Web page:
UPS workers rallied on Friday morning calling for the delivery company to rehire the 250 drivers they fired last month. Photo by Luis Gronda
BY LUIS GRONDA
The United Parcel Service drivers sent a loud and clear message to the company they work for: Rehire the 250 workers they fired.
UPS workers rallied outside of the Maspeth facility last Friday, demanding that the package company sit down with the union representing its drivers, Local 804, and give the 250 drivers they fired their jobs back.
The company fired those drivers after they staged a protest against the termination of another former employee, Jairo Reyes, late last month.
Reyes, who attended Friday morning’s rally, said he was let go on Valentine’s Day for what UPS called “admitted dishonesty” for starting his shift earlier than the normal start time. Reyes said a superior gave the okay when he asked to begin working sooner than his scheduled time. But his contract stated that start time was based on seniority and he was shown the pink slip despite he and two other workers filing a grievance against the company.
Once word got out that Reyes was fired almost two weeks later, the 250 workers staged a 90-minute protest outside the facility before returning to work.
UPS told the Tribune last week they were fired for organizing an illegal and unauthorized protest and their collectively bargained agreement states that an employee can be fired if they participate in an unauthorized work stoppage. They said that an arbitrator ruled in 2011 that a future walkout, like the one that occurred on Feb. 26, could result in the workers losing their job.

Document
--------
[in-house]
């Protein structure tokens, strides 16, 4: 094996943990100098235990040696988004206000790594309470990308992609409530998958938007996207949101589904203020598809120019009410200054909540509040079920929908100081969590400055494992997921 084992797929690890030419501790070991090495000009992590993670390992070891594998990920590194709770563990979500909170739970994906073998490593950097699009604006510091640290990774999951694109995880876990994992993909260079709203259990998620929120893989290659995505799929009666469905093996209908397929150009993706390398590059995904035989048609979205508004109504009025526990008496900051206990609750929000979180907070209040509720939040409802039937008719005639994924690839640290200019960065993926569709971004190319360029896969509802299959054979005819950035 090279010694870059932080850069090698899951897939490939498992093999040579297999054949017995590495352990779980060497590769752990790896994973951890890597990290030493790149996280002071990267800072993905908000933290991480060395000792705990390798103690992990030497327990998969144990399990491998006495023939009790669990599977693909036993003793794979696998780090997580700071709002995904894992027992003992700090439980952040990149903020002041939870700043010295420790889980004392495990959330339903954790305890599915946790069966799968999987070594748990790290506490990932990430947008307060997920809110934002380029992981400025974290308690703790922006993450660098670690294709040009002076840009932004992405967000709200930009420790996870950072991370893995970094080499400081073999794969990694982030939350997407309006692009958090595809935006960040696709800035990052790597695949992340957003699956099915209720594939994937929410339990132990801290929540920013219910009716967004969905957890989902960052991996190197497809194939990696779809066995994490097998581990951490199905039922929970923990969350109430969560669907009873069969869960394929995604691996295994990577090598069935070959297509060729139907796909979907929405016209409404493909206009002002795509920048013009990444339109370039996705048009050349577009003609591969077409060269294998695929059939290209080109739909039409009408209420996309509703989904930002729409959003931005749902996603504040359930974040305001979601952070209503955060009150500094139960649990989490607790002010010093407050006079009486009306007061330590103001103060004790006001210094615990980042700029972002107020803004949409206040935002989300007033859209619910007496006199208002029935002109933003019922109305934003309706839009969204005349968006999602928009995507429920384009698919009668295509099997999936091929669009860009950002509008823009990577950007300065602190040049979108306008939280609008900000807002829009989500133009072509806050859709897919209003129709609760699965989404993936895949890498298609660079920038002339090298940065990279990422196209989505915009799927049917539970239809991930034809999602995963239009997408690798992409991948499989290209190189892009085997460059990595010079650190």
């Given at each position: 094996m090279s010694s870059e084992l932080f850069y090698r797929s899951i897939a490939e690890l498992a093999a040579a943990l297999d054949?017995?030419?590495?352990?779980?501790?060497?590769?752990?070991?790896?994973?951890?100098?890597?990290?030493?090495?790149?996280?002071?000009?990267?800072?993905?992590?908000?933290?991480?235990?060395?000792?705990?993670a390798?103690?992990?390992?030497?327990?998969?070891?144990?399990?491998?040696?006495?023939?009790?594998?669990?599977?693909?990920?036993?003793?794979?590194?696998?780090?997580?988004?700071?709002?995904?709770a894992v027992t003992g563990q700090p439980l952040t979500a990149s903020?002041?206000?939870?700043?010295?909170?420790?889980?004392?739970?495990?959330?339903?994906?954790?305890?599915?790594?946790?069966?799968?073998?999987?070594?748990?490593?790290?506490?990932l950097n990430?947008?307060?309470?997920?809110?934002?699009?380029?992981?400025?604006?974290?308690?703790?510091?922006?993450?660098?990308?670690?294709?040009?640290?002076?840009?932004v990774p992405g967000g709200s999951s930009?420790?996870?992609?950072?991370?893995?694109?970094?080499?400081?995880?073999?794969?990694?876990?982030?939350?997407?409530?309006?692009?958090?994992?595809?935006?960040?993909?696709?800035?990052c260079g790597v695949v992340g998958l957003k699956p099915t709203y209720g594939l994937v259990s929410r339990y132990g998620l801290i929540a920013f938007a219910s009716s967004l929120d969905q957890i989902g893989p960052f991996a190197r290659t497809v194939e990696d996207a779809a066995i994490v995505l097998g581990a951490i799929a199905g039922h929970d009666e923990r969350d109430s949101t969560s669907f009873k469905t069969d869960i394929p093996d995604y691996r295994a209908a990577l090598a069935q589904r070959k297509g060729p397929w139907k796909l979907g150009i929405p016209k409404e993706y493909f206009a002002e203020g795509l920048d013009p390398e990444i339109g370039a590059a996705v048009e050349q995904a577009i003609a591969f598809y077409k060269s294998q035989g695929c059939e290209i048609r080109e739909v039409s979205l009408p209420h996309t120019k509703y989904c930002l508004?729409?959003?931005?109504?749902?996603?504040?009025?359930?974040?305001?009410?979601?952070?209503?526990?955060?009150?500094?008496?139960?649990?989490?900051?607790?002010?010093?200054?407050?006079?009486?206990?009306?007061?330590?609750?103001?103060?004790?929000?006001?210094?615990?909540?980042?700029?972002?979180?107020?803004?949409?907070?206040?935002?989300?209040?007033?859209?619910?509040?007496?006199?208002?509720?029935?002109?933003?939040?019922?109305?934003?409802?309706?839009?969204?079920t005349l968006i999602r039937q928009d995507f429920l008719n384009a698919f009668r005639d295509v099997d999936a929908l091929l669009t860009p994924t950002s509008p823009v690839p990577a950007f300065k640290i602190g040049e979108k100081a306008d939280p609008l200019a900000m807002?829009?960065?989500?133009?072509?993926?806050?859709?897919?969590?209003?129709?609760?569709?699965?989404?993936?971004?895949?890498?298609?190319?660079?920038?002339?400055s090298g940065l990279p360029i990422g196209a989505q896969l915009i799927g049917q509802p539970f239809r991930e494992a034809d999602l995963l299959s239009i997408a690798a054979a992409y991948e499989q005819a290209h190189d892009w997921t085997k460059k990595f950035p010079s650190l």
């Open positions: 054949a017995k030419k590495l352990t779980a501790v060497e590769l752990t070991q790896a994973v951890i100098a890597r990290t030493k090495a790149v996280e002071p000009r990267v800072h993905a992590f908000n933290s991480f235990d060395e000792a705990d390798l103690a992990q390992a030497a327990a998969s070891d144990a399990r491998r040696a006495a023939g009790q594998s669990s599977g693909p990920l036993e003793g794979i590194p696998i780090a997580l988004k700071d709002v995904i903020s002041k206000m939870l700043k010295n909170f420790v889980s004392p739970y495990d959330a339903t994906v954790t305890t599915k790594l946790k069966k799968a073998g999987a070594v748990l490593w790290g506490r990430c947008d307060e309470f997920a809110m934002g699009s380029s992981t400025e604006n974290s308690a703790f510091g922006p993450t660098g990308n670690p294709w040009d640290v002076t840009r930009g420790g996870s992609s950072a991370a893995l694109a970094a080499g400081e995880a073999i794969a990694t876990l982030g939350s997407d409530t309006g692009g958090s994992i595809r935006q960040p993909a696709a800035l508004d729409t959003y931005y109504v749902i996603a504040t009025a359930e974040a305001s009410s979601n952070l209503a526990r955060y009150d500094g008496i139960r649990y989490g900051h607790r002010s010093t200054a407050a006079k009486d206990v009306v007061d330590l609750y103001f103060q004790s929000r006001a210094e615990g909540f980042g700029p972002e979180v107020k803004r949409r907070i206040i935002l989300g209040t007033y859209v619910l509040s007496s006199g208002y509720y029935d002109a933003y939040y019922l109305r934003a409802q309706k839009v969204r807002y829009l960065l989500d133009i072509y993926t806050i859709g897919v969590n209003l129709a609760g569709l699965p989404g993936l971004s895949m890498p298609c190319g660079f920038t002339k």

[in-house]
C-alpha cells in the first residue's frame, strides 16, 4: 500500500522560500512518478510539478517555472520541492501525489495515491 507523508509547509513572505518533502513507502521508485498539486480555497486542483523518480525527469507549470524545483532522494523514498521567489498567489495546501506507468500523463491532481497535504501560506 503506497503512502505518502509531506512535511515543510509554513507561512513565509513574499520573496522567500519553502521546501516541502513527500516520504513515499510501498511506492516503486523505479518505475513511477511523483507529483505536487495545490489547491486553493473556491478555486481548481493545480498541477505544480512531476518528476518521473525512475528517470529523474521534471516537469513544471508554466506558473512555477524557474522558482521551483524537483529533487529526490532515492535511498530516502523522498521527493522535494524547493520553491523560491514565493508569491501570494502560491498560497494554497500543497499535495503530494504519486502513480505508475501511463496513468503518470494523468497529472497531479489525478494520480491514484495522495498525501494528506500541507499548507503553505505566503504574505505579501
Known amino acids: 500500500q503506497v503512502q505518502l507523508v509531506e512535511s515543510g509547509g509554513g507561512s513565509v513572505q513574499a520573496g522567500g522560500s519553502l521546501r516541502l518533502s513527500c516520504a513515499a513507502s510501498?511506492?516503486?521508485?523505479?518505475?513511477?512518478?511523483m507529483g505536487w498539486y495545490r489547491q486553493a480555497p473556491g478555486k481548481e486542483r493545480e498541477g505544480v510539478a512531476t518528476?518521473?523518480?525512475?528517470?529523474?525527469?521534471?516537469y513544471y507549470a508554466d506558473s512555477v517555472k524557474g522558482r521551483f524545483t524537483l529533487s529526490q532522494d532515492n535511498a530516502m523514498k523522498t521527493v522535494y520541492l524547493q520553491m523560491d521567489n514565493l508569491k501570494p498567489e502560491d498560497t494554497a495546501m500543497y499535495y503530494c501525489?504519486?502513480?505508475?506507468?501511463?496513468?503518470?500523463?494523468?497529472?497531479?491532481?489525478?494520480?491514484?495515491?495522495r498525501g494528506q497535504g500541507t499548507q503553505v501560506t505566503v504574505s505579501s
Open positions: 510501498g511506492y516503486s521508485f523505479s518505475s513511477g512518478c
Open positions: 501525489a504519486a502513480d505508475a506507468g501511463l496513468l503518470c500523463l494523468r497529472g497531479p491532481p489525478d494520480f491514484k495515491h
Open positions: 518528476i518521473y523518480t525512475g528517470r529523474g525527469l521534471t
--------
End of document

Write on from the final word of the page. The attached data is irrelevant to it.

Friday’s rally asked the company to sit down with the union once again to hash out its differences and to give the workers their jobs back.
“The message has to be sent to this company, we have a contract, they want us to hold up our end, they need to hold up their end. They signed that contract too,” said Tim Sylvester, president of the Local 804. “They agreed to innocent until proven guilty, they agreed to dignity and respect and that’s what this is all about.”
A number of elected officials stood with the workers to show their support, including Public Advocate Letitia James.
“We’re here to say that you deliver the packages but we’re here to deliver a message to UPS, that you cannot treat these workers with disrespect and it’s not over, this is just the beginning,” she said.
Reyes, who was an employee for 24 years, said he and the other fired workers would like their jobs back but both sides need to come to an equal ground so that disputes like this do not happen again.
“I’ve dedicated a lot of years to the company, I’ve given them my everything, my passion, my life, that would be good to have my job back,” he said.
Reach Luis Gronda at (718) 357-7400, Ext. 127, firstname.lastname@example.org, or @luisgronda.